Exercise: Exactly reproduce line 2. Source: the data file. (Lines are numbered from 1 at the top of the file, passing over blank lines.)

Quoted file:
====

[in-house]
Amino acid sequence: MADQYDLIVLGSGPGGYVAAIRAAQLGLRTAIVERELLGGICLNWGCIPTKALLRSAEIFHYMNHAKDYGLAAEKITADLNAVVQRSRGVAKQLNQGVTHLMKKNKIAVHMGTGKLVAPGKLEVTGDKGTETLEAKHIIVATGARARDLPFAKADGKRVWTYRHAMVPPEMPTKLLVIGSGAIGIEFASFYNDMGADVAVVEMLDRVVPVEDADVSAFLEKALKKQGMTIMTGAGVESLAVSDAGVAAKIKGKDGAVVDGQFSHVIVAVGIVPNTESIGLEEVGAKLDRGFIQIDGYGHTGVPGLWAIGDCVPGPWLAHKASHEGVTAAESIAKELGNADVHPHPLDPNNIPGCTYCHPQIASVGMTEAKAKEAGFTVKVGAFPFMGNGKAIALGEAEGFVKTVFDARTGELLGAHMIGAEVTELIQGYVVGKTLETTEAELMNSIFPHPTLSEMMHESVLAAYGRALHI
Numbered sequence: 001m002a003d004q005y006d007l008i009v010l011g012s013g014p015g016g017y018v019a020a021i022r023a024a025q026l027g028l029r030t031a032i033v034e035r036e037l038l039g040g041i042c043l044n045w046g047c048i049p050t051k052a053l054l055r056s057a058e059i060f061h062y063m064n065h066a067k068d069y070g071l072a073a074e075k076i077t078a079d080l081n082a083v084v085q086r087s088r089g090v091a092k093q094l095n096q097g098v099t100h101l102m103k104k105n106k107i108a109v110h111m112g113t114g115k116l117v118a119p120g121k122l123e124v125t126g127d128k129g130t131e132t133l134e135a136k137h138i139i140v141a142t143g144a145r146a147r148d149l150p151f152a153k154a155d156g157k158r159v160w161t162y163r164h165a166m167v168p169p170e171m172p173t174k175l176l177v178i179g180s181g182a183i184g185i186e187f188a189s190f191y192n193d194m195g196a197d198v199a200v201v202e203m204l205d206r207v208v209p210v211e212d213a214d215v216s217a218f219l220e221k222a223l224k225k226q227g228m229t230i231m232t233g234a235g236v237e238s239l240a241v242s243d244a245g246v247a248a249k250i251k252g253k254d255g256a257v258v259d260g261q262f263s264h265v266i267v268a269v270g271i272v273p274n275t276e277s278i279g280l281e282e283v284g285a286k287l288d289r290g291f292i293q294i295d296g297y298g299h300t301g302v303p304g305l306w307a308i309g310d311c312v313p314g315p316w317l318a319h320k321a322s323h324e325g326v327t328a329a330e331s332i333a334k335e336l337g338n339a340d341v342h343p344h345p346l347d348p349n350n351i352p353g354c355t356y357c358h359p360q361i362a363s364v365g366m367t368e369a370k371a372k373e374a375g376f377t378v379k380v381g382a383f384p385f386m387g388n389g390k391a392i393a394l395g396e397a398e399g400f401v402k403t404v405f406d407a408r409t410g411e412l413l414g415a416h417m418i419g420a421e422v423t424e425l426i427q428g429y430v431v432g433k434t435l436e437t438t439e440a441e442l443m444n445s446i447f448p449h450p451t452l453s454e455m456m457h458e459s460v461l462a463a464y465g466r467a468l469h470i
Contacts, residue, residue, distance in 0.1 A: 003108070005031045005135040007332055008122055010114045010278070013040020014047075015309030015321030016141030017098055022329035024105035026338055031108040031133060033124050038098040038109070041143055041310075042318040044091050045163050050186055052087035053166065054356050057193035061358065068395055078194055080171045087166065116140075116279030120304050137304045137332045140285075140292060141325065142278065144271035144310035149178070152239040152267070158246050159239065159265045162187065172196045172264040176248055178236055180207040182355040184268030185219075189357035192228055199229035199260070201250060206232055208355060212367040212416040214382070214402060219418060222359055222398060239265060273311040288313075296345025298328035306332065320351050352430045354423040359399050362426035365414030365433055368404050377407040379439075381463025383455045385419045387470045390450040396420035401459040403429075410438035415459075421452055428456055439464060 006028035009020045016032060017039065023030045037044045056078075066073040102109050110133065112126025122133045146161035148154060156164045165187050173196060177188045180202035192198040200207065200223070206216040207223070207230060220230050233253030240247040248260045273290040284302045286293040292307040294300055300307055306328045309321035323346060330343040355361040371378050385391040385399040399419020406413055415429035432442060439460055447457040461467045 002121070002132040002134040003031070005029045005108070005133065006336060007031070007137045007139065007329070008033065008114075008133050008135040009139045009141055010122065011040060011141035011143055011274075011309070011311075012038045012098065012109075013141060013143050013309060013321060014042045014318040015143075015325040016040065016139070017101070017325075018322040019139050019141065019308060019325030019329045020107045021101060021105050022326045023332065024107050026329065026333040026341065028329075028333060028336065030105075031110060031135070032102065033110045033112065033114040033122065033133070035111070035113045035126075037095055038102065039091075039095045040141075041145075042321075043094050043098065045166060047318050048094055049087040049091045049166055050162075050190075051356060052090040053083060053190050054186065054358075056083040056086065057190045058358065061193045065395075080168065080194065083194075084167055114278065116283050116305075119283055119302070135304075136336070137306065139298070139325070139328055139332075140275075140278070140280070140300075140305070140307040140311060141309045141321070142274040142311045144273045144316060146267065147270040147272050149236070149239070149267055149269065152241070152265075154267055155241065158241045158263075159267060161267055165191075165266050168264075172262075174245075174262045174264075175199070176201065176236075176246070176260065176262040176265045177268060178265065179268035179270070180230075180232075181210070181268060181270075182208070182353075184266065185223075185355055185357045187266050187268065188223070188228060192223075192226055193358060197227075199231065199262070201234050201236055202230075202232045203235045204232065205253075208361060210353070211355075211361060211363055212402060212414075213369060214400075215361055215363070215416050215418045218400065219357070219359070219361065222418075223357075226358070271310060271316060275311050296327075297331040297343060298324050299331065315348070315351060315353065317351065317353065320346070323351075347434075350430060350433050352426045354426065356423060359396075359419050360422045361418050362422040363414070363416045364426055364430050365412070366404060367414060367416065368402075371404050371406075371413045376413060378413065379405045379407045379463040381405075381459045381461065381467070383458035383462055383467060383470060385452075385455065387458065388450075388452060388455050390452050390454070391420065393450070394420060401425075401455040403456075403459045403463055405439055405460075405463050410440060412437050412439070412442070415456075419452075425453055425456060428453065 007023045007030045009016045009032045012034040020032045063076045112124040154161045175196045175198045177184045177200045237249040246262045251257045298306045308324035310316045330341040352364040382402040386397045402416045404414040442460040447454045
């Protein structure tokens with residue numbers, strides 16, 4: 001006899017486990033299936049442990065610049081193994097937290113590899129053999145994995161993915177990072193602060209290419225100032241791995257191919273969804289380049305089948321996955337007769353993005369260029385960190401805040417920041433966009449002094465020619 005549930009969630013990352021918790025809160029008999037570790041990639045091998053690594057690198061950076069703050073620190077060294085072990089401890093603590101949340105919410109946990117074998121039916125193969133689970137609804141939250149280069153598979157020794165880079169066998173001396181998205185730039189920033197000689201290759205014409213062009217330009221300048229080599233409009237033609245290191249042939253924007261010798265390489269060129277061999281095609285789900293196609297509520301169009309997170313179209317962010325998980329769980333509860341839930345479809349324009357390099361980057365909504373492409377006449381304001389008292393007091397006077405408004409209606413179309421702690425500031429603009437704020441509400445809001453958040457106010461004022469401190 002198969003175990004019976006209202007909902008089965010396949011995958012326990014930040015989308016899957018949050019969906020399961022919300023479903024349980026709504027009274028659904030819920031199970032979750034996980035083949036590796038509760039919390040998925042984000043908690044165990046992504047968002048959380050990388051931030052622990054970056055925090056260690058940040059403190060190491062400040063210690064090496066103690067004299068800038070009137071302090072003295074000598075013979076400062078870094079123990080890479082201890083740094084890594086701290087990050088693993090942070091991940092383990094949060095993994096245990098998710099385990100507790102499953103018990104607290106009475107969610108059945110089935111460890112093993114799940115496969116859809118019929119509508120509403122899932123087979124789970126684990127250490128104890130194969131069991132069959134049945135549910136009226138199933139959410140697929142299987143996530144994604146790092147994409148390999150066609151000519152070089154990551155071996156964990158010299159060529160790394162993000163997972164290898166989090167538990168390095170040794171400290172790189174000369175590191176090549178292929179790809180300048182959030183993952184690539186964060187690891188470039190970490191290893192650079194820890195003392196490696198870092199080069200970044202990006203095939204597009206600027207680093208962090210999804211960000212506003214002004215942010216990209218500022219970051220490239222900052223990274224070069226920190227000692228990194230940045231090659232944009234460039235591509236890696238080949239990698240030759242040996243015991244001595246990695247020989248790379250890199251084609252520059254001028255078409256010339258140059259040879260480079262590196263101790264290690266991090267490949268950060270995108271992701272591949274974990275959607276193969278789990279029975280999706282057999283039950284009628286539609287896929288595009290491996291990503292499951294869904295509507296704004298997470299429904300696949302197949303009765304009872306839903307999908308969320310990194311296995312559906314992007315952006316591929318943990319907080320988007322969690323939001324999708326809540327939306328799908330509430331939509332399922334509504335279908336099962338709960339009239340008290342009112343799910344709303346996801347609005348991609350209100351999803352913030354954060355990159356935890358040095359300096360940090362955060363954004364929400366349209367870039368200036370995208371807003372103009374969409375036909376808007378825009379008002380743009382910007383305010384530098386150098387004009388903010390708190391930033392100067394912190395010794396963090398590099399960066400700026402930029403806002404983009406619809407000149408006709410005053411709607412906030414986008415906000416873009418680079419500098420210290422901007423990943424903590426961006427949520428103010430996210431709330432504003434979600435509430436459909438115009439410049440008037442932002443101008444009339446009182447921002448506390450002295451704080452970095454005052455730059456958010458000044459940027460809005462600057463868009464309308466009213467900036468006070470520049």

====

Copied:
Amino acid sequence: MADQYDLIVLGSGPGGYVAAIRAAQLGLRTAIVERELLGGICLNWGCIPTKALLRSAEIFHYMNHAKDYGLAAEKITADLNAVVQRSRGVAKQLNQGVTHLMKKNKIAVHMGTGKLVAPGKLEVTGDKGTETLEAKHIIVATGARARDLPFAKADGKRVWTYRHAMVPPEMPTKLLVIGSGAIGIEFASFYNDMGADVAVVEMLDRVVPVEDADVSAFLEKALKKQGMTIMTGAGVESLAVSDAGVAAKIKGKDGAVVDGQFSHVIVAVGIVPNTESIGLEEVGAKLDRGFIQIDGYGHTGVPGLWAIGDCVPGPWLAHKASHEGVTAAESIAKELGNADVHPHPLDPNNIPGCTYCHPQIASVGMTEAKAKEAGFTVKVGAFPFMGNGKAIALGEAEGFVKTVFDARTGELLGAHMIGAEVTELIQGYVVGKTLETTEAELMNSIFPHPTLSEMMHESVLAAYGRALHI